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Carroll Smith-Rosenberg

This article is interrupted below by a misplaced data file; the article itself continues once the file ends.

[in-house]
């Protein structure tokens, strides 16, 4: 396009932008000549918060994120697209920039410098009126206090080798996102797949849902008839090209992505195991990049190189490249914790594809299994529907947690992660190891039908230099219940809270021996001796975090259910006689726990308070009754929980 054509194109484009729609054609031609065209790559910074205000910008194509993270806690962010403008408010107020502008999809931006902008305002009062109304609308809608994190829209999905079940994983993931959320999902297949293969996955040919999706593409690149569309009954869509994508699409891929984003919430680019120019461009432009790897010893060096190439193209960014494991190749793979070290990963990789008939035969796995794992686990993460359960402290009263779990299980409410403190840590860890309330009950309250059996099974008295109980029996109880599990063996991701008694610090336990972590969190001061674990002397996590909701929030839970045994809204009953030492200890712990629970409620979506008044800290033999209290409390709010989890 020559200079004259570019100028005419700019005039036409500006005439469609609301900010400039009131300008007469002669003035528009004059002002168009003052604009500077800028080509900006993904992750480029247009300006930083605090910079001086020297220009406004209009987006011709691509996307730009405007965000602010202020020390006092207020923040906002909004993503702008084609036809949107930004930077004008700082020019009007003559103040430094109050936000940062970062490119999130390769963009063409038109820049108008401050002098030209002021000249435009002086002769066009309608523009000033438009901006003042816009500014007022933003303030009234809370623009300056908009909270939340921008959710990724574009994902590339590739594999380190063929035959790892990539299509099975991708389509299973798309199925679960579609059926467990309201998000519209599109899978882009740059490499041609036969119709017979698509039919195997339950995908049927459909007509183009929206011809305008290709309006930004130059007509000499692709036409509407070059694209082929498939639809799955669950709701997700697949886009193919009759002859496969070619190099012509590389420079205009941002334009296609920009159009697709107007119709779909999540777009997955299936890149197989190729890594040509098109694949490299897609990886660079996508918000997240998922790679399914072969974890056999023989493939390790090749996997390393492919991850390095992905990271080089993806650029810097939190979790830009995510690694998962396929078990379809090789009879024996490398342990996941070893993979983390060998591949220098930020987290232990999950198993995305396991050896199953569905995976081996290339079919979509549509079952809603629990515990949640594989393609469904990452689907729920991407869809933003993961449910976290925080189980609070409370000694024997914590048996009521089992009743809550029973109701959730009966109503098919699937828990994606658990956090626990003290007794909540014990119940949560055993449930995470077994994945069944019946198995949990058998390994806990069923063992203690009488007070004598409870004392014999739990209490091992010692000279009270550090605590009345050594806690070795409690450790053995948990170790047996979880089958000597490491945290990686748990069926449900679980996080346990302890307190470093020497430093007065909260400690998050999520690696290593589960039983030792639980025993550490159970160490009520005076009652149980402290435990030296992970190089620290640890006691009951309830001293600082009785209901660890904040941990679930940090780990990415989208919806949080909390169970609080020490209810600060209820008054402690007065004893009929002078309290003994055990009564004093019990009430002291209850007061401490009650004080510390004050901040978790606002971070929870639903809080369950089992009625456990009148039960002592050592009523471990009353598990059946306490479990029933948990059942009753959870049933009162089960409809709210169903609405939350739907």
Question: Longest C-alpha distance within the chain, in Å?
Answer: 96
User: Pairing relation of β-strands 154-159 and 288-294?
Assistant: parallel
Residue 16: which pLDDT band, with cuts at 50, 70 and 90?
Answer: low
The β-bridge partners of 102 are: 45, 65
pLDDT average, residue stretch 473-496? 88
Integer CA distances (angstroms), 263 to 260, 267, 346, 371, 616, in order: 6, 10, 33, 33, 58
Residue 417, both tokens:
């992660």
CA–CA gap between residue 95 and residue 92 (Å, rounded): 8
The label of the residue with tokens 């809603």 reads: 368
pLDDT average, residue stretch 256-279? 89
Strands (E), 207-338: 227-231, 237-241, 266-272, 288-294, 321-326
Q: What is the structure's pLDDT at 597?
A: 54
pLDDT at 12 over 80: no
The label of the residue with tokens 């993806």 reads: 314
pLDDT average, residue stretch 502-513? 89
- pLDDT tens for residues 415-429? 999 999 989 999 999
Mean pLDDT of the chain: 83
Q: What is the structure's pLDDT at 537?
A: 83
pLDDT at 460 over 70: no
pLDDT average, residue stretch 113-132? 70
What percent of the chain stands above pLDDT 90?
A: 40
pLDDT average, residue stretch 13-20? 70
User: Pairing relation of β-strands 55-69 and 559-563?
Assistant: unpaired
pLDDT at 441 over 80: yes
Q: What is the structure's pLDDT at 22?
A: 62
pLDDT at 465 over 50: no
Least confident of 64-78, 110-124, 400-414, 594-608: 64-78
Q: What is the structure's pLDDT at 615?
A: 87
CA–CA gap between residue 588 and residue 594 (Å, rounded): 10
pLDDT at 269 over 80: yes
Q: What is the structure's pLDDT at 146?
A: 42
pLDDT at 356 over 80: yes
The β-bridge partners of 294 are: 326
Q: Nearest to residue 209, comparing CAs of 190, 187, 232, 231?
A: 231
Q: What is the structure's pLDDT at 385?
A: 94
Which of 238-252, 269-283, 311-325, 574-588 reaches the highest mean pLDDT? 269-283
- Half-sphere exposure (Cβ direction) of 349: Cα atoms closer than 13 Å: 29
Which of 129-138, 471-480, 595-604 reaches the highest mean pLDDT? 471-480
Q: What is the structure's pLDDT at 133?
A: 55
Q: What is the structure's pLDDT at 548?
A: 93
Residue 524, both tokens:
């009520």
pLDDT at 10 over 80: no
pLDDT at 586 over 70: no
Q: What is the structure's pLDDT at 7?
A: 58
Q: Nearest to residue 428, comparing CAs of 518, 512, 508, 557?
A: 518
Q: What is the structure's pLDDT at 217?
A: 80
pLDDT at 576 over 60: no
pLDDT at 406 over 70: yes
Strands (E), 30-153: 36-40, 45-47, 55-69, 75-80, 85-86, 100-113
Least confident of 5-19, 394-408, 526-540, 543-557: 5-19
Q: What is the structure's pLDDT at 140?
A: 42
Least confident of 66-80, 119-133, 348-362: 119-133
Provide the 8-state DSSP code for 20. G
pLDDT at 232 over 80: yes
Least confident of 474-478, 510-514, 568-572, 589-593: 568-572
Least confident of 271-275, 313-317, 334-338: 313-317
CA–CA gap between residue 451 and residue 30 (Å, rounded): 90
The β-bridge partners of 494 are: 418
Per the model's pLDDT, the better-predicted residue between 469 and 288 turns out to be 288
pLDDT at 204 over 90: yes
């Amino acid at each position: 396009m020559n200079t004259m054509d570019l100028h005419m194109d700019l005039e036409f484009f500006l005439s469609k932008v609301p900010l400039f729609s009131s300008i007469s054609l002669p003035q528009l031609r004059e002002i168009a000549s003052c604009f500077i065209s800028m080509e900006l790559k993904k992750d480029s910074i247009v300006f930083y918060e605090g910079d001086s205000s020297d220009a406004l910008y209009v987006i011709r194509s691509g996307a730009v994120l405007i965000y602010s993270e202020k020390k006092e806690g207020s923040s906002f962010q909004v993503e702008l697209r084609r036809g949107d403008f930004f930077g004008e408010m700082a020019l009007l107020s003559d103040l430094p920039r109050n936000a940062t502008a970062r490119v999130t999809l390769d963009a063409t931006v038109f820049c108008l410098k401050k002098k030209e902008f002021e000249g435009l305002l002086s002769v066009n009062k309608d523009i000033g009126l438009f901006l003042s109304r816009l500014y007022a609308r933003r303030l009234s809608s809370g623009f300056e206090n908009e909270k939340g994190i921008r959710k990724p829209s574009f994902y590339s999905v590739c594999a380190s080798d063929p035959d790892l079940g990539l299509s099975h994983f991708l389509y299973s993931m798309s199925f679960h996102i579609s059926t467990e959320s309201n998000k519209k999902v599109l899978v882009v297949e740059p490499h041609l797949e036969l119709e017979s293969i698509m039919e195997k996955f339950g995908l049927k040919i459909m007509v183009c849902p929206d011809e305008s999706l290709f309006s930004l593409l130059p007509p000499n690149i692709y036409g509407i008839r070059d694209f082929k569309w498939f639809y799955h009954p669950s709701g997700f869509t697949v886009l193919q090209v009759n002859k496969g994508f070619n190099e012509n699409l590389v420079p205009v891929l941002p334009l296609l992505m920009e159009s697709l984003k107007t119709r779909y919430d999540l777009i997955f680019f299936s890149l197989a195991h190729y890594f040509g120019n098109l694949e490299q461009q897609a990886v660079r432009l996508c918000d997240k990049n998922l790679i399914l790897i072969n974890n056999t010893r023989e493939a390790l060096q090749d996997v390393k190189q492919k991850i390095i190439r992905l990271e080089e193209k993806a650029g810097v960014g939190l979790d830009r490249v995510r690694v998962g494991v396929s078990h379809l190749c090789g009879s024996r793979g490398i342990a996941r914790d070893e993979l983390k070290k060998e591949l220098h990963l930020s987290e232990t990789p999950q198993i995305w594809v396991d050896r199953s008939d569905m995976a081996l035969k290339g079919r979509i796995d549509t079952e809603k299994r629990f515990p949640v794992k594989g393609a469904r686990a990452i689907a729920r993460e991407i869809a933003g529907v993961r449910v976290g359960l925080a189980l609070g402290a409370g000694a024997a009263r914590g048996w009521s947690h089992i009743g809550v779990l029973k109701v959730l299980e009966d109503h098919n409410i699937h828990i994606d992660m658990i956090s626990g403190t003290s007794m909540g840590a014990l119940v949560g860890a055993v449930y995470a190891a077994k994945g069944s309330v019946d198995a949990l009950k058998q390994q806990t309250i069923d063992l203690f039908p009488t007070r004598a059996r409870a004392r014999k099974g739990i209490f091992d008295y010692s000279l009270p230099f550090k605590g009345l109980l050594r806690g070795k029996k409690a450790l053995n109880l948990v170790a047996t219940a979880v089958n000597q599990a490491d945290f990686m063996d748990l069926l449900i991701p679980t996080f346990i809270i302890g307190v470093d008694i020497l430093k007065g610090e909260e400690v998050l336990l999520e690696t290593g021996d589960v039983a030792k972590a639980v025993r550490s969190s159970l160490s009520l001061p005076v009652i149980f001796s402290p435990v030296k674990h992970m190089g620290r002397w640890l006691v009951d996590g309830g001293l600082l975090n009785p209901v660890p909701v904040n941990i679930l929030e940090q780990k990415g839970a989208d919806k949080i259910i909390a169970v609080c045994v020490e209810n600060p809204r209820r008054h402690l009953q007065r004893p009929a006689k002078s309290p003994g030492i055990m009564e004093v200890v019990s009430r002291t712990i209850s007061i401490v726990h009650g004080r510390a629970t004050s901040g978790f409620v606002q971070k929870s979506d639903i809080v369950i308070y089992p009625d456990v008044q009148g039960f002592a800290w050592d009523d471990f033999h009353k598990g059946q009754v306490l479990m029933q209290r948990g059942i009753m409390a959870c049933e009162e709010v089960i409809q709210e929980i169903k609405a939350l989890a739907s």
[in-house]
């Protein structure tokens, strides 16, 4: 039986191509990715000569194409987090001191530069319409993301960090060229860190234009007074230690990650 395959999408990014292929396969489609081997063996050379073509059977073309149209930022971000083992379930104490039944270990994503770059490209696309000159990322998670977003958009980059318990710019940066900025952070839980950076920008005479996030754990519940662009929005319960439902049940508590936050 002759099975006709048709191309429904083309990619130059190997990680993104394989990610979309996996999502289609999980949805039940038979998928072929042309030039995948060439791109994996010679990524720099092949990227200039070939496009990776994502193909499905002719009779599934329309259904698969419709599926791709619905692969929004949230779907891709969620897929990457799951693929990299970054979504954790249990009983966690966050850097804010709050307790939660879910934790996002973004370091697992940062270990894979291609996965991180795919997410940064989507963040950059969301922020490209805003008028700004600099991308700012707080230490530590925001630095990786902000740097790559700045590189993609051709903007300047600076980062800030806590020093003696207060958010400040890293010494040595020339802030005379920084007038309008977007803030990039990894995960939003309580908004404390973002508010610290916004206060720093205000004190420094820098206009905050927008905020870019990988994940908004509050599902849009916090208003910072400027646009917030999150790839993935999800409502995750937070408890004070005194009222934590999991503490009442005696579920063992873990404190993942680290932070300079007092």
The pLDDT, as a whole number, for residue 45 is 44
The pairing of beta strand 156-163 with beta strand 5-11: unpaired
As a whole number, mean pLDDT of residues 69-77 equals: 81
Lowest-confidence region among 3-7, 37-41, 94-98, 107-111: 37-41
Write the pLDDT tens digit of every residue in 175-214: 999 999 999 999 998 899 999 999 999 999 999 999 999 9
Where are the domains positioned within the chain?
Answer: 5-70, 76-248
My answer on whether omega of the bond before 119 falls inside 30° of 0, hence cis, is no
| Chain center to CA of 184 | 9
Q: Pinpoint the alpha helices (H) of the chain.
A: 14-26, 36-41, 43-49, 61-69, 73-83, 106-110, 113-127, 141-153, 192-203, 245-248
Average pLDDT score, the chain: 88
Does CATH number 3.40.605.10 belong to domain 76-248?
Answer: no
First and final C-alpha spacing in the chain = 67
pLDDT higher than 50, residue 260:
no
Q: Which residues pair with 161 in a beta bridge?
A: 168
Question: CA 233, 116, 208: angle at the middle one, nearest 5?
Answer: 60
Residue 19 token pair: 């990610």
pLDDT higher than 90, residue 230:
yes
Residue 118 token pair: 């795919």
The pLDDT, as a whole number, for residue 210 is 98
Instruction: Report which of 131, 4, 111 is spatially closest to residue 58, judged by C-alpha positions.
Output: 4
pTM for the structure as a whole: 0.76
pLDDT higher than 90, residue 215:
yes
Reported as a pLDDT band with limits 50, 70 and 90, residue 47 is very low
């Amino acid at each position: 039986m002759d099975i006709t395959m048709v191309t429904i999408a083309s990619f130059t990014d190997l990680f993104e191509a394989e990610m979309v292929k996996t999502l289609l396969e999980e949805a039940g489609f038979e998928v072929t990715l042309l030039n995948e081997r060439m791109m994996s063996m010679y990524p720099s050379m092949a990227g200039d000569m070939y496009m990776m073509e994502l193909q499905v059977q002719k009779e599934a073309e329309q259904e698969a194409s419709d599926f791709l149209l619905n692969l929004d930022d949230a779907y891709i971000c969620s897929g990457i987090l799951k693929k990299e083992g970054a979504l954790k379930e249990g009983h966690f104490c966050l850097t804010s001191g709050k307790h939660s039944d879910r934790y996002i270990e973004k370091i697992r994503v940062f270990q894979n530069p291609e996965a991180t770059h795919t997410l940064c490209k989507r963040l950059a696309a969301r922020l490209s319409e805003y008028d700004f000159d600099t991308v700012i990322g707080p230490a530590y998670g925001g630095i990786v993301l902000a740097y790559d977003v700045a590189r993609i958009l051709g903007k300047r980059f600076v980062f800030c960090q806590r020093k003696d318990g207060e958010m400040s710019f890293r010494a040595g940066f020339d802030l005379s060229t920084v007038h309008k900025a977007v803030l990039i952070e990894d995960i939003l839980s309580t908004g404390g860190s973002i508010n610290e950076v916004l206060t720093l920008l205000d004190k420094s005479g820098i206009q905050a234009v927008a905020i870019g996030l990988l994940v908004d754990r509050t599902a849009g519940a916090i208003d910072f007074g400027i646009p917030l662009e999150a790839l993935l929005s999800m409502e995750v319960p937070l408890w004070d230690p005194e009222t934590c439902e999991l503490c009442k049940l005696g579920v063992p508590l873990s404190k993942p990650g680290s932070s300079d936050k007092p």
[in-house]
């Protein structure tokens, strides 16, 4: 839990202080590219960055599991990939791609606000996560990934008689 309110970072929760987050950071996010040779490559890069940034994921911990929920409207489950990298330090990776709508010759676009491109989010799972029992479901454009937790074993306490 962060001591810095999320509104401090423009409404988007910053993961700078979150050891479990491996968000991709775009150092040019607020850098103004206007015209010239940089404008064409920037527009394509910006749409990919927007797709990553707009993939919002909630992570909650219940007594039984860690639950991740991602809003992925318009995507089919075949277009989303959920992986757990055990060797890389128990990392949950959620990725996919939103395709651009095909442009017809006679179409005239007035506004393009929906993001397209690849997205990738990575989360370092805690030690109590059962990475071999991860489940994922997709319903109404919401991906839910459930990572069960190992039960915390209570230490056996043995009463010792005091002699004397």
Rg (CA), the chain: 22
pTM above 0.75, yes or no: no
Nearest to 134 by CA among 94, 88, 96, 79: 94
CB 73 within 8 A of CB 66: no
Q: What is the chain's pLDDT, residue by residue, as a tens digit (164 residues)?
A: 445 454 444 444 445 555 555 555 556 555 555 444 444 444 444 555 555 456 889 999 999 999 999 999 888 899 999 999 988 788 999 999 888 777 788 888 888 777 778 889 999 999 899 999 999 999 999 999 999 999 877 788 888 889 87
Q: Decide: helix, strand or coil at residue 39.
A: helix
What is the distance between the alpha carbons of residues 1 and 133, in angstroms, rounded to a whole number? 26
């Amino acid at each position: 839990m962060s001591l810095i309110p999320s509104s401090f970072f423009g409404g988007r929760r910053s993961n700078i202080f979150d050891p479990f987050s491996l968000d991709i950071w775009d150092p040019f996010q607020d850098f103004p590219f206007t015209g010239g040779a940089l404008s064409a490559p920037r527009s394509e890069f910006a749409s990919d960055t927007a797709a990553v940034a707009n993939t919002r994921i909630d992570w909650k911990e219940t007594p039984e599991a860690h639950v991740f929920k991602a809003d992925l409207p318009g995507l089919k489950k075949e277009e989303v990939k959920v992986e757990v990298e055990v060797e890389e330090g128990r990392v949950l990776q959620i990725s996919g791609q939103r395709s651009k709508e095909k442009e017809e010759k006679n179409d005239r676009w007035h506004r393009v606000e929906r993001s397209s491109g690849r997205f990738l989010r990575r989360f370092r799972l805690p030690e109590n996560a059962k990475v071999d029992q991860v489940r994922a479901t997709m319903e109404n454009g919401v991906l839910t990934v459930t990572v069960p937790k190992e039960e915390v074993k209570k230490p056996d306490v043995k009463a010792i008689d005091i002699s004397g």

Carroll Smith-Rosenberg was born in Yonkers, New York, on March 15, 1936. She received a B.A. from Connecticut Womens College before receiving a Ph.D. from Columbia University in 1968. While Smith-Rosenbergs early scholarship focused on urban religion in Victorian America, in 1975 she published The Female World of Love and Ritualin the feminist journal Signs. Influenced by her past marriage to historian Charles Rosenberg and her more recent lesbian relationships, Smith-Rosenbergs influential essay explored same-sex love, intimacy, romance, and eroticism among white Victorian women in the United States. The Female Worldwas later reprinted in her book Disorderly Conduct and commonly assigned in feminist, womens studies, sexuality, LGBT, and queer studies courses. Smith-Rosenberg went on to explore lesbian histories in scholarship on the New Women of the late nineteenth and early twentieth centuries and the medical pathologization of homosexuality during that period. Smith-Rosenberg taught at the University of Pennsylvania in the 1970s, 1980s, and 1990s and then at the University of Michigan until 2008. In 2010 Smith-Rosenberg published This Violent Empire, which explored the creation of Americas nation identity. For more on her academic work, life, and legacy, see Matthew Hauptmans 2021 interview with Carrol Smith-Rosenberg.